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Wayne Dewey (at the halter of the cow) of Iowa Falls, IA, showed how the Normande cattle excel in producing beef. Here is the first-place cow-and-calf pair of the national breed show in Mineral Point Sept. 15. His great-nephew Korbyn Dewey showed the calf, which was named Reserve Grand Champion beef animal at the show.

Wayne Dewey (at the halter of the cow) of Iowa Falls, IA, showed how the Normande cattle excel in producing beef. Here is the first-place cow-and-calf pair of the national breed show in Mineral Point Sept. 15. His great-nephew Korbyn Dewey showed the calf, which was named Reserve Grand Champion beef animal at the show. Photo By Jan Shepel

Dual purpose Normande breed shines

Sept. 20, 2012 | 0 comments



The annual North American Normande Association’s championship show was held in Mineral Point.

The show is something of a cross between a family reunion, a potluck supper and a cow show.

"I love coming to this show,’ said Barb Wogsland, a dairy producer from Scandinavia. "People are so interested in helping each other and everyone is interested in promoting the breed and building its numbers."

She showed the Grand and Reserve Champion dairy animals at the show. Her two-year-old in milk, New Hope Singleton Antoinette was named Grand Champion and her three-year-old in milk, New Hope Studio Penny was named Reserve Champion.

Dairy judge Matt Lippert, the Wood County agriculture agent and a dairy producer himself, said the top two cows were massive and angular and topped a fine group of cattle.

The Grand Champion Beef animal at the show for dual-purpose cattle was a beef summer yearling heifer, DMCC Levi Yorky 14Y, exhibited by Michael and Matthew Mueller of Rewey.

The Reserve Champion Beef was a calf shown by Wayne Dewey of Iowa Falls, Iowa, that had been at the top of the cow-and-calf class with his mother, Circle D Mouse Hawk 196S.

The judge for the beef side of the show was Dakota Bockenhauer of Mindoro, a graduate of the University of Wisconsin-River Falls and owner of a 30-cow Maine Anjou herd.



Though the Normandes are a small – but growing – part of the dairy herd Wogsland and her husband Karl operate near Scandinavia, they are her passion. She has even been to France – the birthplace of the breed – to visit with breeders and see their annual championship show.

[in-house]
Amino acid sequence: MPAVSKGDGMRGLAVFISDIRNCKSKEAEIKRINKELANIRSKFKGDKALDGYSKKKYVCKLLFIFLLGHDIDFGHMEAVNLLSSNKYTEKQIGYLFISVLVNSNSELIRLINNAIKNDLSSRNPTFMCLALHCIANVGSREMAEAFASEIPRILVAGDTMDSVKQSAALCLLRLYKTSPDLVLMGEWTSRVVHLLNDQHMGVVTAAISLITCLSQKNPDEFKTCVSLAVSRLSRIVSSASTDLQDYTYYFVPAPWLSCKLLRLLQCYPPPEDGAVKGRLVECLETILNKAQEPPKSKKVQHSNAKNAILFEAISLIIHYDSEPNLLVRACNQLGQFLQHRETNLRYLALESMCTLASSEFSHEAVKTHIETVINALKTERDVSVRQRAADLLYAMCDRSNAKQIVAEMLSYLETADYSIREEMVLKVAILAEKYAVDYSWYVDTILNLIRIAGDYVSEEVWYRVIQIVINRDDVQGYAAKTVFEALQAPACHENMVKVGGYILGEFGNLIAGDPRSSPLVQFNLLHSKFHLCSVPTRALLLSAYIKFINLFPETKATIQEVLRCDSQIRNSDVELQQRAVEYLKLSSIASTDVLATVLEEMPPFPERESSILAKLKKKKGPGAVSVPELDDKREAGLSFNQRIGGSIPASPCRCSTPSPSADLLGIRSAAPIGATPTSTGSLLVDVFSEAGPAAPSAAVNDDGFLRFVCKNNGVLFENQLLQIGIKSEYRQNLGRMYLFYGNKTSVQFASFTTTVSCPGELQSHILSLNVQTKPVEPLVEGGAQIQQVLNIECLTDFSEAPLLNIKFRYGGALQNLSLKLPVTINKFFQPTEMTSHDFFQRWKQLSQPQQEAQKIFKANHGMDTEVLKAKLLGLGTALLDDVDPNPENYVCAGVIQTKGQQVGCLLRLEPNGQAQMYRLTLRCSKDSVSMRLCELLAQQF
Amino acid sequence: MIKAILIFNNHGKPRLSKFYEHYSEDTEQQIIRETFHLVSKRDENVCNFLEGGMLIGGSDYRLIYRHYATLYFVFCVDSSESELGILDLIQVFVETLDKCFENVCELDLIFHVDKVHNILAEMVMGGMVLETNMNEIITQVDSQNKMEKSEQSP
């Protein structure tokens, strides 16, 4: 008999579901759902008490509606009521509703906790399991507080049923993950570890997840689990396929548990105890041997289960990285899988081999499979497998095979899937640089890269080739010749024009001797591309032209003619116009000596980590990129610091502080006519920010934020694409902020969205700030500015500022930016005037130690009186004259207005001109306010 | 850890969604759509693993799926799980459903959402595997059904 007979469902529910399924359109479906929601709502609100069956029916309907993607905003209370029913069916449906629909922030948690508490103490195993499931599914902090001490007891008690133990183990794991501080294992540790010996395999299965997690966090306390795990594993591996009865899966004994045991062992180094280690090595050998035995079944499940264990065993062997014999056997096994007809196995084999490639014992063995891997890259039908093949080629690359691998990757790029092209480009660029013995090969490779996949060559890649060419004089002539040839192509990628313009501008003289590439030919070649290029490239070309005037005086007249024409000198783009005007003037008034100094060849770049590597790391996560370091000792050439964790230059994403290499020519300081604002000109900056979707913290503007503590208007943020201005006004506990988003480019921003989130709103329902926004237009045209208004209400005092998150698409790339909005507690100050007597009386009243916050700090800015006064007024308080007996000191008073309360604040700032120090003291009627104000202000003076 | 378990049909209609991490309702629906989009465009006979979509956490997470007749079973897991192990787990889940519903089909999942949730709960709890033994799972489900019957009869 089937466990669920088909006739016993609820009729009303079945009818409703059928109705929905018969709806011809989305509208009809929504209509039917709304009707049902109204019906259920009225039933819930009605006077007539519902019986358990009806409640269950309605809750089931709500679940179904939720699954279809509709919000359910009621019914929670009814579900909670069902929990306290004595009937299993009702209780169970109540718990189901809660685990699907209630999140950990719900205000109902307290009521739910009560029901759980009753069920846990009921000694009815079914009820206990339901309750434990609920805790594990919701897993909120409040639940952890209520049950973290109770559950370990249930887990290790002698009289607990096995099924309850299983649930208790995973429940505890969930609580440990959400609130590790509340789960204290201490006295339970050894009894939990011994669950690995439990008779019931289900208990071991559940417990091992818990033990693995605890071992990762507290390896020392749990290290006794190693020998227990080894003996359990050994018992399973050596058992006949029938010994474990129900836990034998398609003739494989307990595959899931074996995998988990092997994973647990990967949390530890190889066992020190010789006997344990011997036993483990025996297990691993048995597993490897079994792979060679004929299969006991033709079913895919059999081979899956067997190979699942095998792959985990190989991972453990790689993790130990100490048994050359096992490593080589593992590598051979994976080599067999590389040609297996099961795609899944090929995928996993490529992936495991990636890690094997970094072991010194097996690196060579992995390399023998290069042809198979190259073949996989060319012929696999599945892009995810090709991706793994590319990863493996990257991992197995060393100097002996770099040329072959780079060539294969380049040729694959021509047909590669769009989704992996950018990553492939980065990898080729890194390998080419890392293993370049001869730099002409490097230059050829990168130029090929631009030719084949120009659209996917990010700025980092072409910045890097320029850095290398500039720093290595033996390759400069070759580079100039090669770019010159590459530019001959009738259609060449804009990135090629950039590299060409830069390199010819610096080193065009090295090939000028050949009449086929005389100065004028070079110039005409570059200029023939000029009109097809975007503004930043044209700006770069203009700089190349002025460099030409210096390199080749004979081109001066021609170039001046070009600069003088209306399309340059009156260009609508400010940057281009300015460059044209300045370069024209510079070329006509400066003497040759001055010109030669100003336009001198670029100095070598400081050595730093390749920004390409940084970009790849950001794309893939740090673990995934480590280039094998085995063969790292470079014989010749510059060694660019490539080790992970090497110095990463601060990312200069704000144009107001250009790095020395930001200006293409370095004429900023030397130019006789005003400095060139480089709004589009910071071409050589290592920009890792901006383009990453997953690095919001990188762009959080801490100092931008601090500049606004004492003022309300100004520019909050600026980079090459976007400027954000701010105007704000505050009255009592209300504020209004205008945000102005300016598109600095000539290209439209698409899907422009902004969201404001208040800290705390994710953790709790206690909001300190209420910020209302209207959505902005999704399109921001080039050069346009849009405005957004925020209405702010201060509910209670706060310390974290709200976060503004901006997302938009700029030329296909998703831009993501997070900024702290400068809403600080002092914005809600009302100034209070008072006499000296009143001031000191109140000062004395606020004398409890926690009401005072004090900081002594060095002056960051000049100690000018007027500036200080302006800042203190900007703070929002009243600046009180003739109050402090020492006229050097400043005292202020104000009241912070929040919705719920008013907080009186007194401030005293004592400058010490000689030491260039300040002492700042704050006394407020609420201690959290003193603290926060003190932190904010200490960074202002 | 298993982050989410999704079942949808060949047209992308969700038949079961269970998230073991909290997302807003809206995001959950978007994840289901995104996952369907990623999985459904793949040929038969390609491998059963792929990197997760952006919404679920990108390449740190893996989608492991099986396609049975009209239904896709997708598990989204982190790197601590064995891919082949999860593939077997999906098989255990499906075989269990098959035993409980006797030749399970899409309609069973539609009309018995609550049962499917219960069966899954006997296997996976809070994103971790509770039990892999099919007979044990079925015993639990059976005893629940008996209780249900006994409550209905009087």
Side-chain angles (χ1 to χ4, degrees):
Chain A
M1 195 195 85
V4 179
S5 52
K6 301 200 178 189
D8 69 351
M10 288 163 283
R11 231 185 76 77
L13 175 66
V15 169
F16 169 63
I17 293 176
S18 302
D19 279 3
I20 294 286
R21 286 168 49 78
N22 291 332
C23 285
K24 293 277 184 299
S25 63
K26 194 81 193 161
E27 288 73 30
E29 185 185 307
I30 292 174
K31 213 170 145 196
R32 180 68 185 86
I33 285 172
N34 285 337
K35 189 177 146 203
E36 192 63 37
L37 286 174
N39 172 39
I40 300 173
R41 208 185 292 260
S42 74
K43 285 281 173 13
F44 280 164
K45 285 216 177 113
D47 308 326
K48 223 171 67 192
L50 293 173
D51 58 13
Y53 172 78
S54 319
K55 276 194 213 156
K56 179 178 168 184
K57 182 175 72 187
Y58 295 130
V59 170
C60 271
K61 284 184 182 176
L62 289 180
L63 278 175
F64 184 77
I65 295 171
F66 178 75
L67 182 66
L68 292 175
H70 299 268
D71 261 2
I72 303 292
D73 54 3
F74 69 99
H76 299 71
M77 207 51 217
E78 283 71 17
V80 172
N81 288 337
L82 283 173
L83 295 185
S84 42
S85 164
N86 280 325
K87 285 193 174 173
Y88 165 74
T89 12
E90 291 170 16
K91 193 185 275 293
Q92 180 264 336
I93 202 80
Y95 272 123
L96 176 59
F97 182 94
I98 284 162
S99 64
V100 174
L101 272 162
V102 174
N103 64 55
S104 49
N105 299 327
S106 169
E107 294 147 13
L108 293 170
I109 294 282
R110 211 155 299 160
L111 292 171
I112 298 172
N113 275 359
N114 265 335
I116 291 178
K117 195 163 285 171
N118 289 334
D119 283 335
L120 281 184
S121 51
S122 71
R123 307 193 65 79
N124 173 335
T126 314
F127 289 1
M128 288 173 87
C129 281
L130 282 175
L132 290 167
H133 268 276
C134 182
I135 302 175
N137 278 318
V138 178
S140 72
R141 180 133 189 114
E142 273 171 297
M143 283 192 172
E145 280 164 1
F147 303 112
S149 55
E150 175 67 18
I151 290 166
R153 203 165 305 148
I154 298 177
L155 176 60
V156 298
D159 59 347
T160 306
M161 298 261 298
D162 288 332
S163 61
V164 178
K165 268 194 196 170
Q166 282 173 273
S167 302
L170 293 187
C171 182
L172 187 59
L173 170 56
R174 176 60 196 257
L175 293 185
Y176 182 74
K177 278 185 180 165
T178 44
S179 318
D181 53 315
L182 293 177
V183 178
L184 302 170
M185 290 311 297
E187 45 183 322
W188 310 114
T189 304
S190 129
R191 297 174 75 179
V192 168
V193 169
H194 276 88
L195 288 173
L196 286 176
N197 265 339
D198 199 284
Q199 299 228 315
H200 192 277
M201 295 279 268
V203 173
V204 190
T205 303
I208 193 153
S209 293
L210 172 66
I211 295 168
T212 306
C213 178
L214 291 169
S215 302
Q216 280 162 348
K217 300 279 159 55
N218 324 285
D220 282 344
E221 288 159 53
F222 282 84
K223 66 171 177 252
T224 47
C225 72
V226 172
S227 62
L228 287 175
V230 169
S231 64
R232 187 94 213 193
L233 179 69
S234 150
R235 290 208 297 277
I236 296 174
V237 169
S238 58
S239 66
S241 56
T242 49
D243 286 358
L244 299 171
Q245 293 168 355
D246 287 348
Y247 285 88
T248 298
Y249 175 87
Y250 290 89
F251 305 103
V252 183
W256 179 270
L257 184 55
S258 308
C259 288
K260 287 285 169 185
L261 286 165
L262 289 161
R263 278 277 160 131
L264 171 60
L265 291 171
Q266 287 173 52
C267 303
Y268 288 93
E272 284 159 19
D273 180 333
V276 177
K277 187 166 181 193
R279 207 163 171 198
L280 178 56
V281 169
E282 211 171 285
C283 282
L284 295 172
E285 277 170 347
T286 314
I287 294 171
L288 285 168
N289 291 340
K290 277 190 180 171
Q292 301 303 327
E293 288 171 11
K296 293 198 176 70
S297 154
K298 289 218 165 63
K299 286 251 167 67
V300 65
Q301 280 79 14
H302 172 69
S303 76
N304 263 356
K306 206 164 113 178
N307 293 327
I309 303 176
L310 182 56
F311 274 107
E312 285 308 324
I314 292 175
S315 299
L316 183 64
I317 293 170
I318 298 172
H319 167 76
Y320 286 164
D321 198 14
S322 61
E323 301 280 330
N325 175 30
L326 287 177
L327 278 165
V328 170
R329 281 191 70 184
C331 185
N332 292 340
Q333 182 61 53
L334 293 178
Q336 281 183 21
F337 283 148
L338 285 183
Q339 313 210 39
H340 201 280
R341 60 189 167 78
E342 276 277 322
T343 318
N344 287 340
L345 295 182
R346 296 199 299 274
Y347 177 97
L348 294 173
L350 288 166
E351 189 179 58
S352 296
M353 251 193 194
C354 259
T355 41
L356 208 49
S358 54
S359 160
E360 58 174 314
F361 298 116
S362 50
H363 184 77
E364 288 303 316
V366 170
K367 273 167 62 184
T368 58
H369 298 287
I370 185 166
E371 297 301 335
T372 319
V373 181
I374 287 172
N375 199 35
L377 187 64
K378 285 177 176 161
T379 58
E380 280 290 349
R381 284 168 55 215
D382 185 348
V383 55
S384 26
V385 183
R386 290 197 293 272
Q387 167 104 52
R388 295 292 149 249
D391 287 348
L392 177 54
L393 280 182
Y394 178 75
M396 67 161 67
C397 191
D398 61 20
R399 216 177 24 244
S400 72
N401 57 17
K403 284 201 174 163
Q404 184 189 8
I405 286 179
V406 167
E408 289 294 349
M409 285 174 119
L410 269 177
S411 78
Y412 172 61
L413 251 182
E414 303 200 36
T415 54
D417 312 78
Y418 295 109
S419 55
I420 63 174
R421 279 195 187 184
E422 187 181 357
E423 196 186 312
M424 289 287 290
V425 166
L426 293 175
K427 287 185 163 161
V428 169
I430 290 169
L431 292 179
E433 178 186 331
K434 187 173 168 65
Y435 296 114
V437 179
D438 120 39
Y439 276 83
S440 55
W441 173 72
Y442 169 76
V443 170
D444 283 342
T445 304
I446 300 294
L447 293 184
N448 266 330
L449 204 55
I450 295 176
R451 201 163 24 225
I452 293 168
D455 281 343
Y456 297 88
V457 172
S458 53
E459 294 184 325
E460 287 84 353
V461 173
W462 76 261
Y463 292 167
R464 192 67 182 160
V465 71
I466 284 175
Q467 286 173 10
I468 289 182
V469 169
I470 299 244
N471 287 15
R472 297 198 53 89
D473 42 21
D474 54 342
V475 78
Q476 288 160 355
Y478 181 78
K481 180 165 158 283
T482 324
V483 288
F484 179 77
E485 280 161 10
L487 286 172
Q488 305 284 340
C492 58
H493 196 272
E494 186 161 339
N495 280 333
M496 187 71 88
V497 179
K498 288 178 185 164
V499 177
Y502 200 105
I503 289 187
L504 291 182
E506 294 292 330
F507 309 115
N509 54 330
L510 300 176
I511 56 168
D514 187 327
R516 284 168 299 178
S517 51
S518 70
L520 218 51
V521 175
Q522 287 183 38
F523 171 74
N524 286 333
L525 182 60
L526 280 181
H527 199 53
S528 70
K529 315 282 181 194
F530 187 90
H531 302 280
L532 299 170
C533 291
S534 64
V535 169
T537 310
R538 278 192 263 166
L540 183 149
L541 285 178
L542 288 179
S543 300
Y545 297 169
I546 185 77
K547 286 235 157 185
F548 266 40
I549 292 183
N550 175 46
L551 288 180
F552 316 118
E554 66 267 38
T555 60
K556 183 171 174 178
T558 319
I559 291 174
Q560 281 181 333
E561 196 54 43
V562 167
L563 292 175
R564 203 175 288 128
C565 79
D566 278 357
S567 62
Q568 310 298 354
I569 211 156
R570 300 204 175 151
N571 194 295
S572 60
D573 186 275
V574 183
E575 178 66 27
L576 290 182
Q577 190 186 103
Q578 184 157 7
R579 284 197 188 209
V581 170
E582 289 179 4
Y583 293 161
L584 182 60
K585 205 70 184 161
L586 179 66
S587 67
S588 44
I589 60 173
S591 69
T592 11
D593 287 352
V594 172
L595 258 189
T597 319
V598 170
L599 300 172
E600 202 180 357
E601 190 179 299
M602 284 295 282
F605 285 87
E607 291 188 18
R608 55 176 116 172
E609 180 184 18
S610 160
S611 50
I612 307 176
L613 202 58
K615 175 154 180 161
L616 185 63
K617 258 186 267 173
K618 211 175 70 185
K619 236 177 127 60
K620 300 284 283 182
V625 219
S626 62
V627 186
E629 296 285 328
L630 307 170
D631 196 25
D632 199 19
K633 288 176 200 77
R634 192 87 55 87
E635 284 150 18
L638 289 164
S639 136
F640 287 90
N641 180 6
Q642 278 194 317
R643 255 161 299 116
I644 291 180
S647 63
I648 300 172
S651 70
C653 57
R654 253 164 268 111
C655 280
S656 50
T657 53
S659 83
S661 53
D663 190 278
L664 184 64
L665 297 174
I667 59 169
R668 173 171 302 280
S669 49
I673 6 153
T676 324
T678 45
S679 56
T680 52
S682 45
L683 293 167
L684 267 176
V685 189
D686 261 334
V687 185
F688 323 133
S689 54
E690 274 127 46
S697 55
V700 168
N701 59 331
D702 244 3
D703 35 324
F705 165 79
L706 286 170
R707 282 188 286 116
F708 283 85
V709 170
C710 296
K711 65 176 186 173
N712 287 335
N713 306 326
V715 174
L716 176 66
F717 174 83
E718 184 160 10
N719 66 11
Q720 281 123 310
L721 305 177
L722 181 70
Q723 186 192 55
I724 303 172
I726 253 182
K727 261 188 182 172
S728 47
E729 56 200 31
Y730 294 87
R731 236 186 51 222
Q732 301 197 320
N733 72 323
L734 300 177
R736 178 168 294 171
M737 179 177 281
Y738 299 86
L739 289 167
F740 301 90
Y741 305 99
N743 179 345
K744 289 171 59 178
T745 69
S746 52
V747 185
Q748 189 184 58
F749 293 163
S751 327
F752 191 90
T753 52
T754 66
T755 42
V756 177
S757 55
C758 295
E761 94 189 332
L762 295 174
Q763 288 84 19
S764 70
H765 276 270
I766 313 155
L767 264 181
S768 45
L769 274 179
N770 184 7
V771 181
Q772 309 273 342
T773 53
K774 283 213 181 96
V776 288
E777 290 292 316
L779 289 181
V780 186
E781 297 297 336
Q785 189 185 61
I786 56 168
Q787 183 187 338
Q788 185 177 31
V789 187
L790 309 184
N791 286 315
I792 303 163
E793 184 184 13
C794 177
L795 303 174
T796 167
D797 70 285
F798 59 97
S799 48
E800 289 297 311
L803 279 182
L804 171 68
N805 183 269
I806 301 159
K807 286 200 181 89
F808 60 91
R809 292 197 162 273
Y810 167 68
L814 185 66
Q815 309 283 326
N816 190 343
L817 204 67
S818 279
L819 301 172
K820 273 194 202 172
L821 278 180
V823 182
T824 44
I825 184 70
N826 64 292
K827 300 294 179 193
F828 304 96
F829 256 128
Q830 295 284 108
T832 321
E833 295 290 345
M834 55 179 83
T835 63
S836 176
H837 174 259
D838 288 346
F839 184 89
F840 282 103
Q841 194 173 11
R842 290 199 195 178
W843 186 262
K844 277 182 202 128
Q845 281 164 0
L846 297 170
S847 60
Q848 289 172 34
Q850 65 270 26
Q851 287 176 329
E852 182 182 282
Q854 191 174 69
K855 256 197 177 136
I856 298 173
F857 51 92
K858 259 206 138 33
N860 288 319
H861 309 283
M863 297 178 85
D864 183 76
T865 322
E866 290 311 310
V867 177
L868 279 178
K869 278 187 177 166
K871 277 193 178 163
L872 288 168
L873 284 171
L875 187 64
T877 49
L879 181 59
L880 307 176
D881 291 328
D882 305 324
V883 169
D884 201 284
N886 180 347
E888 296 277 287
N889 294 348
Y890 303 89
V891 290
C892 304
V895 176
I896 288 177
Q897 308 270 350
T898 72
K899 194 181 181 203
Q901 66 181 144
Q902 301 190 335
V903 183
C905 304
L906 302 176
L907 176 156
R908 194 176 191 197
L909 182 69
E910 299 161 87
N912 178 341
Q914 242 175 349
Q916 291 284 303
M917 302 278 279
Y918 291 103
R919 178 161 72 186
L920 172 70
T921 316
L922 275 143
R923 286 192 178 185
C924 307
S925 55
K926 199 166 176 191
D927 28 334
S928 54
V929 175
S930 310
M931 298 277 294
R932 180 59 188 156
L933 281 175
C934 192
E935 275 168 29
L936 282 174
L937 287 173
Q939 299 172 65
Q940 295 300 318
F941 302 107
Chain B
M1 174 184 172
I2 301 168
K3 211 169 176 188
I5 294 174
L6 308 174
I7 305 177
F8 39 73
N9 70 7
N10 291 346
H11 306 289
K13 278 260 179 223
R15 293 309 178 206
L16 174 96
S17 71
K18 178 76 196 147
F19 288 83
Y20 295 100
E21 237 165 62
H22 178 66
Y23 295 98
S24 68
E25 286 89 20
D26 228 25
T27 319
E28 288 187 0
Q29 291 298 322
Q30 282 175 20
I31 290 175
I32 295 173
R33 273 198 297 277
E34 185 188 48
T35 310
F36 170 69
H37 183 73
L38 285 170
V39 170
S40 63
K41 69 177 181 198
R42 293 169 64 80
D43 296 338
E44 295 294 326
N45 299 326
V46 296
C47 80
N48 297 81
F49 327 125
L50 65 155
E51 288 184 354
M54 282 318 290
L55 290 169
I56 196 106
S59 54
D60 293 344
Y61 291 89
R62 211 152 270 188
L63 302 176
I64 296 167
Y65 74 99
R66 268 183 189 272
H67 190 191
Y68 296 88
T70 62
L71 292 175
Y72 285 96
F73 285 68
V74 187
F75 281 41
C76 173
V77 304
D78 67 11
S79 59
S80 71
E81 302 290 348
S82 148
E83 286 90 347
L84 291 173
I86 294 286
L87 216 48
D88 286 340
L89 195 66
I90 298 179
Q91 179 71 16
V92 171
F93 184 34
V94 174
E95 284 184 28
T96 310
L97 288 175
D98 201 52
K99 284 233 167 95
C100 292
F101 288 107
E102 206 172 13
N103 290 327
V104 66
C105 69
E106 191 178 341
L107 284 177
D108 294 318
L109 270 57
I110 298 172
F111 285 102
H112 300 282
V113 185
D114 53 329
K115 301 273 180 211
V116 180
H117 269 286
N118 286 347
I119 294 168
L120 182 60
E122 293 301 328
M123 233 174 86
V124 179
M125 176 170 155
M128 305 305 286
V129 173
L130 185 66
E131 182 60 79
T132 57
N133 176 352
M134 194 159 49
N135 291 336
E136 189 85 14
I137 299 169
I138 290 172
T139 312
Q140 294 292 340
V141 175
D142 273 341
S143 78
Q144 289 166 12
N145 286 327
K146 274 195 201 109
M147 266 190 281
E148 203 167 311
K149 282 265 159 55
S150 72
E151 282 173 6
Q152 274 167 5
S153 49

"It’s like our World Dairy Expo, with the colored shavings and everything. But there, the Holstein show is very small and the Normande championship is what everyone wants to see."

There, cattle are pre-selected and invited to come to the show, she said, and there are 10-15 cows per class. As the judges whittle down their selections, the top five or six are left in the ring to build suspense.

"The top three are really showcased with music and special lighting. It’s part of their culture there."

Her family’s herd includes 300 cows; most are registered Holsteins, but they also have a growing group of 25 Normandes milking alongside their black-and-white cousins in a TMR confinement system.

"There’s something about this breed that attracts women and just generally appeals to people," she said, noting that her friend Rhonda Treml-Knebel keeps her Normande cows at their farm.

Wogsland’s interest in the breed was sparked by a booth at World Dairy Expo in 2004 where a Frenchman was selling Normande genetics from his homeland.

"I thought, well I’d like to have one of these," Wogsland said — but she didn’t stop at one.

She found a group of Normande heifers in Elk Mound and brought them home. When she saw the thriftiness and aggressive appetite they had, her interest grew. She crossed some Normande genetics with her Holsteins and also purchased Normande embryos from that French genetics company.

One resulting cow was flushed and some of her offspring are now bulls standing at stud.

Wogland often sells embryos as well, to other breeders interested in Normandes. She has found a market for her bull calves, too. "My purebred Normandes always sell as bulls and they sell pretty easily."

Those generally go to grazers, Amish and Mennonite farmers, interested in using it in a three-way cross — like Holstein, Jersey and Normande — because they want to keep the hybrid vigor of the crossbred. "They like what this breed has to offer."



A year ago she got together a group of 100 Normande embryos for sale to a Japanese buyer. She’s also had interest from Colombian buyers and has done embryo flushing for her own herd, to build numbers.

"I have a passion and an interest in building pedigrees. It’s a little bit science and it’s also an art."

Wogsland said that one day she’d like to have an entirely separate Normande herd. Another dream is to graze them and perhaps make farmstead artisan cheese from their milk one day.

The Wogland’s Normandes are kept in a freestall barn with their Holsteins where they are fed a total mixed ration and milked three times a day. The Holsteins average 28,000-30,000 pounds of milk while the Normande group stands at about 22,000-23,000 on official DHI test.

They make up for the slightly lower production with their components, though, she said. Normande milk has 4 percent butterfat compared to 3.5 percent from their Holsteins.

When she visited Brittany in Northwest France (just next door to Normandy) she found that every farm had a basic parlor, but most herds were in the 40-80 cow range.

Cows there were outside all the time but the temperate climate there makes it possible for cows to graze all year.

"We’ve found that Normandes are excellent grazers and they have exceptional hardiness and strength. They really love to be outside," she said.

More information on Wogland’s dairy herd and her Normande genetics is available at her web site www.newhopenormandes.com

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